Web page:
Opportunities Amidst Challenges
Amidst tensions, we have also seen an opportunity for the development of bilateral relations between the two states. Together they share high stakes in non –proliferation and anti-terrorism arena which can bring the two otherwise conflictual parties on the cooperation table. The US and China despite bashing each other on public platforms share a keen interest in crucial issues pertaining to climate change, healthcare and humanitarian assistance. One of the biggest achievements includes the signing of the Paris Agreement (Staff, 2016). The large-scale people to people contact through cultural exchange programmes and sharing of science and technology served as the bridge to strengthening the diplomatic ties (Ranjan, 2020). In reaction to the outbreak, many quarters of American society have offered their support in helping Chinese people combat the virus. With China’s permission, the US medical experts joined the WHO expert team and travelled to China to help with research activities so as to develop a workable vaccine. In that regard, academic cooperation has been carried out between Baylor College of Medicine in Houston and Fudan University in Shanghai. Meanwhile, a large amount of donations including free medical supplies has been provided from the American civil society to China. Recent statistics stand proof that American companies donated in large amounts to China to combat the coronavirus situation (Huaying, 2020)
The Biden Administration to Decide the Future of Sino-US Relations
Under the Trump administration, the US has decided to withdraw from the Paris Accord signed in 2015 by 187 countries all over the world. The US said on many occasions claimed that the agreement had imposed an “unfair economic burden” on the country by giving China and other countries an unfair advantage over the US in terms of industrial growth causing pollution. Being a big brother of the world, the US saw it as an opportunity to check the Chinese plans to increase their industrial manufacturing. On one hand, the tough stand to withdraw from the accord is to by all means not to encourage China on global platforms. On other hand, China condemning the actions of the US is keen on forging a new partnership with France on climate change and biodiversity issues. Together two parties have signed the statement mentioning “irreversibility” of the Paris Accord (Patranobis, 2019). Further, the Trump administration decided to withdraw from the WHO and freeze all funding to the organization that might adversely impact the function of the organization in future. Last but not least the blame game already has and will further erode the credibility of such organizations. Moreover, in the Trump regime, the Human rights agenda did not form the basis of Sino-Us relations as long as trade managed to continue (Albert, 2020).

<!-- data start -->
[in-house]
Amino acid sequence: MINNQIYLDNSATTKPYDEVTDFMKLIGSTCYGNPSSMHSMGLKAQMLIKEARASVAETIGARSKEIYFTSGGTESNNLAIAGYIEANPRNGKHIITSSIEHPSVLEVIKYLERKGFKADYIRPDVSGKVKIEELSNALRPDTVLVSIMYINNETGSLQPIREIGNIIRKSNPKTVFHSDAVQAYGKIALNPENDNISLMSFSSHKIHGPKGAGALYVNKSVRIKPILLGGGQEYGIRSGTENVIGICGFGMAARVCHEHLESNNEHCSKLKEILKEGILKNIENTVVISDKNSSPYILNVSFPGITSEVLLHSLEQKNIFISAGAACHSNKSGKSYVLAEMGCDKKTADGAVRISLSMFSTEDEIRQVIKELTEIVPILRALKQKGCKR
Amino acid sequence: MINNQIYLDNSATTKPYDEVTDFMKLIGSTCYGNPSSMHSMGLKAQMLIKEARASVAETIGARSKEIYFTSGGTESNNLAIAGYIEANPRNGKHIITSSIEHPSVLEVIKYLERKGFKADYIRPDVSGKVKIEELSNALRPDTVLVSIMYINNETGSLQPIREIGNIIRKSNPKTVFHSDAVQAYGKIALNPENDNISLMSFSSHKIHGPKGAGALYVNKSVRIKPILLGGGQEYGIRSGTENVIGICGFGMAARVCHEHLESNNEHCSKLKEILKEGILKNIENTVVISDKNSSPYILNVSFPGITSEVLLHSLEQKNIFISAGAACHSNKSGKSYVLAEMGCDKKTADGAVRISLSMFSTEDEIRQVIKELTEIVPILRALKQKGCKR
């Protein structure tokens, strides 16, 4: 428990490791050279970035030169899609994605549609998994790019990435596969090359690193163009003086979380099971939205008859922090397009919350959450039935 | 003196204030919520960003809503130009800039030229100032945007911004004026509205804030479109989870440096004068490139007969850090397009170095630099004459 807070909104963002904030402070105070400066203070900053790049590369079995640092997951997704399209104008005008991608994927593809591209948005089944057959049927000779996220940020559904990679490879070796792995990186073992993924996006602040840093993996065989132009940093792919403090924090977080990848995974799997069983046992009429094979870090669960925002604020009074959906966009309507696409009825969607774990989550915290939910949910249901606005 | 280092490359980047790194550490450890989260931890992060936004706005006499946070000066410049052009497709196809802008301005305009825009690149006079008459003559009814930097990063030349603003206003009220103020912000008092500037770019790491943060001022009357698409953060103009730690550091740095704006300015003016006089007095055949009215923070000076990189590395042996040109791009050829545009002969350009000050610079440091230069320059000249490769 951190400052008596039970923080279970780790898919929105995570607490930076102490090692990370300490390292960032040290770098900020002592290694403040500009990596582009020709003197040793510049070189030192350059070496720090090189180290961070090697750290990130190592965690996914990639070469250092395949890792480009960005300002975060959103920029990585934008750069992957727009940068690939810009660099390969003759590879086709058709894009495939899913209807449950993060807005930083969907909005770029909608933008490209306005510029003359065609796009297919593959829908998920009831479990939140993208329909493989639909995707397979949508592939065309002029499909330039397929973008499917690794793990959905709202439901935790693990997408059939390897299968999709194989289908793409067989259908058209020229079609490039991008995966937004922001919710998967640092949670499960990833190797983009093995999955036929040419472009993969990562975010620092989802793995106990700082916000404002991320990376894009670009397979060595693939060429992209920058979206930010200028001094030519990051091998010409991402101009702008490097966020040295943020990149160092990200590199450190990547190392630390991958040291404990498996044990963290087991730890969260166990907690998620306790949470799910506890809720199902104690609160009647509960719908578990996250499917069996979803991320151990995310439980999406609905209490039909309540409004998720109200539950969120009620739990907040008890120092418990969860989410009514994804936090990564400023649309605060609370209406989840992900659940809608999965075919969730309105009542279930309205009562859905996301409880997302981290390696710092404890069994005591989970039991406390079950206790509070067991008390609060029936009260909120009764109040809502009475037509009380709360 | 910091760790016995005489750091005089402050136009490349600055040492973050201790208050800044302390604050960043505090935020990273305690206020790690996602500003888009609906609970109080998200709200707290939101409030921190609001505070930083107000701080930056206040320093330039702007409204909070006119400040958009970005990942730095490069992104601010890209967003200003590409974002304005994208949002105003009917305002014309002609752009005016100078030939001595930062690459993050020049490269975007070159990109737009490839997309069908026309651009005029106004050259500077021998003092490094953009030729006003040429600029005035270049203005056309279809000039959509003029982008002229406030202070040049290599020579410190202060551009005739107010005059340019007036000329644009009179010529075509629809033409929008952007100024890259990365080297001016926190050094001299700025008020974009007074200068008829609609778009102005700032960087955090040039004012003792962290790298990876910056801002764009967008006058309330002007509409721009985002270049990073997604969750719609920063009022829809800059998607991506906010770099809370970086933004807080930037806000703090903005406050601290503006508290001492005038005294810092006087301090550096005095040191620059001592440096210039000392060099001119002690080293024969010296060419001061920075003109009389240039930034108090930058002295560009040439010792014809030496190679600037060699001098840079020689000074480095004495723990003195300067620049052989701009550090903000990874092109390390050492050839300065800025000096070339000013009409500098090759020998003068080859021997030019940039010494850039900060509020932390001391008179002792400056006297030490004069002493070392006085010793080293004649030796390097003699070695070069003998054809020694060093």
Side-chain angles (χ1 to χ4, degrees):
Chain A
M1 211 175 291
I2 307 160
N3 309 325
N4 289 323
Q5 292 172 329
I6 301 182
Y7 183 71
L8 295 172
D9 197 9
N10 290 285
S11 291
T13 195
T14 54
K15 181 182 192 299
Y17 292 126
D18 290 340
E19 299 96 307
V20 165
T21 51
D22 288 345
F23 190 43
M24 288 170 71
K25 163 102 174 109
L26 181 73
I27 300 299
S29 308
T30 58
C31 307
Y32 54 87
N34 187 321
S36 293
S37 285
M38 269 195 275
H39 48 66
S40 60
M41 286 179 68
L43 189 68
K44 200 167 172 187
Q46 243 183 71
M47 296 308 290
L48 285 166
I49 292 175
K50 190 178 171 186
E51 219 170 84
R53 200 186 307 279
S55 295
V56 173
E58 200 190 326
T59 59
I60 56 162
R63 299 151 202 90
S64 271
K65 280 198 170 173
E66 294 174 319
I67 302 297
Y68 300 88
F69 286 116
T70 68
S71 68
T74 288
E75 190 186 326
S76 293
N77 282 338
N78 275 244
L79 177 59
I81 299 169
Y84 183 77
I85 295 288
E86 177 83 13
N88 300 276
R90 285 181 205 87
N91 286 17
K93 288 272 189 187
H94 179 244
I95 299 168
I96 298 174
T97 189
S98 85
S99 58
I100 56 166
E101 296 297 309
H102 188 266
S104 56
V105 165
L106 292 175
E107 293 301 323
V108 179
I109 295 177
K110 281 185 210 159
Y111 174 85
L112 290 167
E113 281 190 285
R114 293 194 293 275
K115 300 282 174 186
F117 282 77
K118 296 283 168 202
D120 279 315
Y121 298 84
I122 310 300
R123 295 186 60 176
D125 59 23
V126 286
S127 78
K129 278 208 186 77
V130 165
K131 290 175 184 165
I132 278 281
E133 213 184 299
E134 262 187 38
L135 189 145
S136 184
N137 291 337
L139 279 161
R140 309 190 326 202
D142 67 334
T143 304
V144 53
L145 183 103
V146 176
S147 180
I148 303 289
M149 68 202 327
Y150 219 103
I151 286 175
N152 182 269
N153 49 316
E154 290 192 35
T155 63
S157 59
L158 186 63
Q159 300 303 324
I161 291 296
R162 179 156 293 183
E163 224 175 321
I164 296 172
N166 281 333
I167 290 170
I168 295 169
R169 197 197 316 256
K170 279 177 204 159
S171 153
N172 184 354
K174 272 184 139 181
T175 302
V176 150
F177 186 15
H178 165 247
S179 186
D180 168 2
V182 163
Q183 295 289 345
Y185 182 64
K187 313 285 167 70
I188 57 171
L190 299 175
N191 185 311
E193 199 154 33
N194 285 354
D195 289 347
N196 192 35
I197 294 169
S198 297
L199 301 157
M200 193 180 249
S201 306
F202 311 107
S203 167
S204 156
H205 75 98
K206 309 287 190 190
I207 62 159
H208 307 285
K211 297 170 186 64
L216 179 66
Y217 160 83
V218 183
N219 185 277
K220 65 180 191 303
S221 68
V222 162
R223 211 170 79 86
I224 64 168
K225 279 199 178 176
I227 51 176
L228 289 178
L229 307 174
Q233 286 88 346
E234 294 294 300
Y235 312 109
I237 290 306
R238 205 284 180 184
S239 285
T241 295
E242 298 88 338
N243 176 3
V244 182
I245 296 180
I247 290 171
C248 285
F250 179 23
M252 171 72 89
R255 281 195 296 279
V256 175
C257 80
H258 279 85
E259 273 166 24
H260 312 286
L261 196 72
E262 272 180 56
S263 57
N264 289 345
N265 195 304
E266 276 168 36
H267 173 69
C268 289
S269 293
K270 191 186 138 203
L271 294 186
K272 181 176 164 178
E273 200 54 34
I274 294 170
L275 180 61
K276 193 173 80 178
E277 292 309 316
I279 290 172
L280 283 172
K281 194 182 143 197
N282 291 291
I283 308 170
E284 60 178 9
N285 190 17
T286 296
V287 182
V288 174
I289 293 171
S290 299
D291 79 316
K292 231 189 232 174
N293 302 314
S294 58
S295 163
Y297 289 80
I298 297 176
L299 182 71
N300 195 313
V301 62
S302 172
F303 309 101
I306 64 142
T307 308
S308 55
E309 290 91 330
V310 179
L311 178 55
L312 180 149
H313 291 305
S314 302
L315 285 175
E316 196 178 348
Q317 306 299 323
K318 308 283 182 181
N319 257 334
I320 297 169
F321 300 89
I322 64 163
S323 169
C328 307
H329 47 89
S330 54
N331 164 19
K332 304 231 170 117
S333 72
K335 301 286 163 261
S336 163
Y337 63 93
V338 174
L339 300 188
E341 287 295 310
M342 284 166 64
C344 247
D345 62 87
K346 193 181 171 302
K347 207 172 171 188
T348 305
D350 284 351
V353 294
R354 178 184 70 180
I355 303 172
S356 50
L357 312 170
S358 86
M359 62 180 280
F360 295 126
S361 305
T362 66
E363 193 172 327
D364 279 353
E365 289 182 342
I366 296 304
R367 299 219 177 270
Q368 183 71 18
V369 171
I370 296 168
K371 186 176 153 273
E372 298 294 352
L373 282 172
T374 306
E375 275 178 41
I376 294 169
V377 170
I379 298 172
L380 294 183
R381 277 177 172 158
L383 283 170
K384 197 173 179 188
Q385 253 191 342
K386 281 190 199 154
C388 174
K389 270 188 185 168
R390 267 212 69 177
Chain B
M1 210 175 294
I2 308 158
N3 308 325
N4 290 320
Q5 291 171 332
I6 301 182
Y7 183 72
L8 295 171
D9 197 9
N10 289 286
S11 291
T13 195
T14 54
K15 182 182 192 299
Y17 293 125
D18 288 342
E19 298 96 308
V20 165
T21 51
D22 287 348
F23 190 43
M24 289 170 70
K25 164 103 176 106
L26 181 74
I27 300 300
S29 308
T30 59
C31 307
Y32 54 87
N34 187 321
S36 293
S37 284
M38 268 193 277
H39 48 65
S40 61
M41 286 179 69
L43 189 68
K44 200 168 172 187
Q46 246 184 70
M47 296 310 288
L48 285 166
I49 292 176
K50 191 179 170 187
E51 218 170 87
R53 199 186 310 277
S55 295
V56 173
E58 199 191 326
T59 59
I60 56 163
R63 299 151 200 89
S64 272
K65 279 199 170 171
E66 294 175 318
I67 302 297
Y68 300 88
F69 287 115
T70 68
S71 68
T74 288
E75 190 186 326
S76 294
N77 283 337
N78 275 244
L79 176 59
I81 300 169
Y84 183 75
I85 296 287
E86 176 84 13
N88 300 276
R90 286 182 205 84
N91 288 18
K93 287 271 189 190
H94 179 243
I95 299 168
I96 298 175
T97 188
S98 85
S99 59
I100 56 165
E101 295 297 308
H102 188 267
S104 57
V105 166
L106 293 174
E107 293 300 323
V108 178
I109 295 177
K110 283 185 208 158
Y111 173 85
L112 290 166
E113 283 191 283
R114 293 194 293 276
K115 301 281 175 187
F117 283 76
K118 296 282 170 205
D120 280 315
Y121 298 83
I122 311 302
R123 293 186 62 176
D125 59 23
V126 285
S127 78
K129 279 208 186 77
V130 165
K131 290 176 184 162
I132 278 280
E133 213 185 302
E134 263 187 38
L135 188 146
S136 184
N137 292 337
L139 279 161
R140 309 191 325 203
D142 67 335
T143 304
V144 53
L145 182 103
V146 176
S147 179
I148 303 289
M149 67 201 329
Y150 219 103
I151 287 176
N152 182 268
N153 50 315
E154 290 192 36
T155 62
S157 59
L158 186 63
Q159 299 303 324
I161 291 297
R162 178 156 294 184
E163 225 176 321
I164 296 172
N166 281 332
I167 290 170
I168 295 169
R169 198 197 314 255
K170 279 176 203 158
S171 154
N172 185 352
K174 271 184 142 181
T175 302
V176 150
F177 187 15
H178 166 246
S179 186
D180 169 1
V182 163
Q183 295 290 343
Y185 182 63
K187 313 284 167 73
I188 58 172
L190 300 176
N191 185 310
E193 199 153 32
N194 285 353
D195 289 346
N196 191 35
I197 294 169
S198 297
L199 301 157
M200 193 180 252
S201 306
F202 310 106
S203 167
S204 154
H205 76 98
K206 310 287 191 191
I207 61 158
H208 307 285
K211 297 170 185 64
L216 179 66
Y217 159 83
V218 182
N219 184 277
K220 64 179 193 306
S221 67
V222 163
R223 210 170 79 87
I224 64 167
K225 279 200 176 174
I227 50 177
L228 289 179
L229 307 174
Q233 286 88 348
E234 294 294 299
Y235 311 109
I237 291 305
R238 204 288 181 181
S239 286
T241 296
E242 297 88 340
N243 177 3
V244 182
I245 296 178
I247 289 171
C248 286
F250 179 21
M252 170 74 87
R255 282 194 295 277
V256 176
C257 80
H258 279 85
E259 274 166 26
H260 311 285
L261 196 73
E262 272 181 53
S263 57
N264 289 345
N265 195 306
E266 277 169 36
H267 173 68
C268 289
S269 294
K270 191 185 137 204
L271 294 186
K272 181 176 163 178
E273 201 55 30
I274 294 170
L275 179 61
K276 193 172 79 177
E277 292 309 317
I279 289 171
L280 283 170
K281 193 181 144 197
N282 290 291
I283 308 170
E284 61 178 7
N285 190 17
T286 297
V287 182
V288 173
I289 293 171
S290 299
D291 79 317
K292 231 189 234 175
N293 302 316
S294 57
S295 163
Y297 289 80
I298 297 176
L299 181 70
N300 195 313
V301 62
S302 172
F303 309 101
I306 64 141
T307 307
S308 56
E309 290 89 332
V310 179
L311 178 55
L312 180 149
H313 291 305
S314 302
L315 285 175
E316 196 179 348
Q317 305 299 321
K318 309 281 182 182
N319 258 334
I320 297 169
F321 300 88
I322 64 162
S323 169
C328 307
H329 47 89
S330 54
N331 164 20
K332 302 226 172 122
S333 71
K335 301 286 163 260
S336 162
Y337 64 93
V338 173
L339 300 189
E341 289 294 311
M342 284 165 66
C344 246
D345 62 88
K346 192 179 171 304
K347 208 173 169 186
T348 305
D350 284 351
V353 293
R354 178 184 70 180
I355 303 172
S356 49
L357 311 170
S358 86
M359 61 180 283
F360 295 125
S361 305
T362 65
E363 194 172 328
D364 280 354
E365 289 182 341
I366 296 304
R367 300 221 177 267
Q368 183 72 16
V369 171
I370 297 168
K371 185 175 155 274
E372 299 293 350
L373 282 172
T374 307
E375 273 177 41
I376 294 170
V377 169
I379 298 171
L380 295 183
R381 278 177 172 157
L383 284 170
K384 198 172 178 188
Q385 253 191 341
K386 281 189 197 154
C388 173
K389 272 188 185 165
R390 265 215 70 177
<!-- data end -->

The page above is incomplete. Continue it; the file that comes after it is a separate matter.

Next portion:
To conclude, the US-China relations are that of ups and downs like any other relationship. China can no more be considered as a ‘reclusive porcupine’ as said by Aseema Sinha (Paul, 2016) in respect to India while defining Indo-China relations but it is the same when we compare the US and China relations at the global level. The US is still overriding China in terms of economy, technology and military but that game can change sooner or later in the international arena if the competition is not kept up with. Hence, competition is natural. Despite that one cannot neglect the fact that amidst conflict and competition the two powers have shown rays of cooperation and opportunities. Therefore, Biden who happens to be the new President of the United States must understand the benefits of a perfect balance of cooperation and competition while engaging with the dragon.
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The opinions expressed in this article are those of the author (s). They do not purport to reflect the opinions or views of the Jindal Centre for the Global South or its members.